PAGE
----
The hippocampus has classically been associated with episodic memory, but is sometimes also recruited during semantic memory tasks, especially for the skilled exploration of familiar information. Cognitive control mechanisms guiding semantic memory search may benefit from the set of cognitive processes at stake during musical training. Here, we examined using functional magnetic resonance imaging, whether musical expertise would promote the top-down control of the left inferior frontal gyrus (LIFG) over the generation of hippocampally based goal-directed thoughts mediating the familiarity judgment of proverbs and musical items. Analyses of behavioral data confirmed that musical experts more efficiently access familiar melodies than non-musicians although such increased ability did not transfer to verbal semantic memory. At the brain level, musical expertise specifically enhanced the recruitment of the hippocampus during semantic access to melodies, but not proverbs. Additionally, hippocampal activation contributed to speed of access to familiar melodies, but only in musicians. Critically, causal modeling of neural dynamics between LIFG and the hippocampus further showed that top-down excitatory regulation over the hippocampus during familiarity decision specifically increases with musical expertise - an effect that generalized across melodies and proverbs. At the local level, our data show that musical expertise modulates the online recruitment of hippocampal response to serve semantic memory retrieval of familiar melodies. The reconfiguration of memory network dynamics following musical training could constitute a promising framework to understand its ability to preserve brain functions.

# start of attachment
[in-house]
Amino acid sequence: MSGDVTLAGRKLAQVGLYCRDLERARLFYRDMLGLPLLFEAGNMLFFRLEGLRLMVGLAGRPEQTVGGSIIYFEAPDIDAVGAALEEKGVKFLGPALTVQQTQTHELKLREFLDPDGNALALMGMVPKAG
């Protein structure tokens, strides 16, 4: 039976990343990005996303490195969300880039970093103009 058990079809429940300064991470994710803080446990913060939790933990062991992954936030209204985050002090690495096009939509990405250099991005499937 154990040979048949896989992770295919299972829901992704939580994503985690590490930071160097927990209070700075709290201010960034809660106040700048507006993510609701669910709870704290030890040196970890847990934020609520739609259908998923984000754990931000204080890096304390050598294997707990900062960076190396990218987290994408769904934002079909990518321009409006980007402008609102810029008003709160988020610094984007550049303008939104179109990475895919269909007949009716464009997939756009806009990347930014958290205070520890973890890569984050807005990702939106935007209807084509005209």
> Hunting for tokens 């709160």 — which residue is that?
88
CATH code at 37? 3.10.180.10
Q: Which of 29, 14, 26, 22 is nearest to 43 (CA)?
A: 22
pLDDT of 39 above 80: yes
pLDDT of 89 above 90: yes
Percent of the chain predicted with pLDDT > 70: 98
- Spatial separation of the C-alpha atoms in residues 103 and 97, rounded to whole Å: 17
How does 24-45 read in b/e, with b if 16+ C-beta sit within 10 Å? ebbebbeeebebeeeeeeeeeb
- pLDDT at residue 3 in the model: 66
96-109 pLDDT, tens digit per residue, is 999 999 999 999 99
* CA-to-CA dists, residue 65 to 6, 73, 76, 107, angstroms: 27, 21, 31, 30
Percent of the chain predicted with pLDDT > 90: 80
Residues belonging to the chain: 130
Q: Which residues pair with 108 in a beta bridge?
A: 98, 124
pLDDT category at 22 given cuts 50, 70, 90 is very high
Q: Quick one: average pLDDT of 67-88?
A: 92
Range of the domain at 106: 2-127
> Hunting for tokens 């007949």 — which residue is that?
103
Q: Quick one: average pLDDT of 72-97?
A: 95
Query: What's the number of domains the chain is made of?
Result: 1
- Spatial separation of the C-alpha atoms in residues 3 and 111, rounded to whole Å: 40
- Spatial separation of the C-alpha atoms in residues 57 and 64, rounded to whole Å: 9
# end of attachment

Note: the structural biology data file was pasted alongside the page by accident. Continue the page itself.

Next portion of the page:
Keywords: effective connectivity; fMRI; hippocampus; music; semantic memory.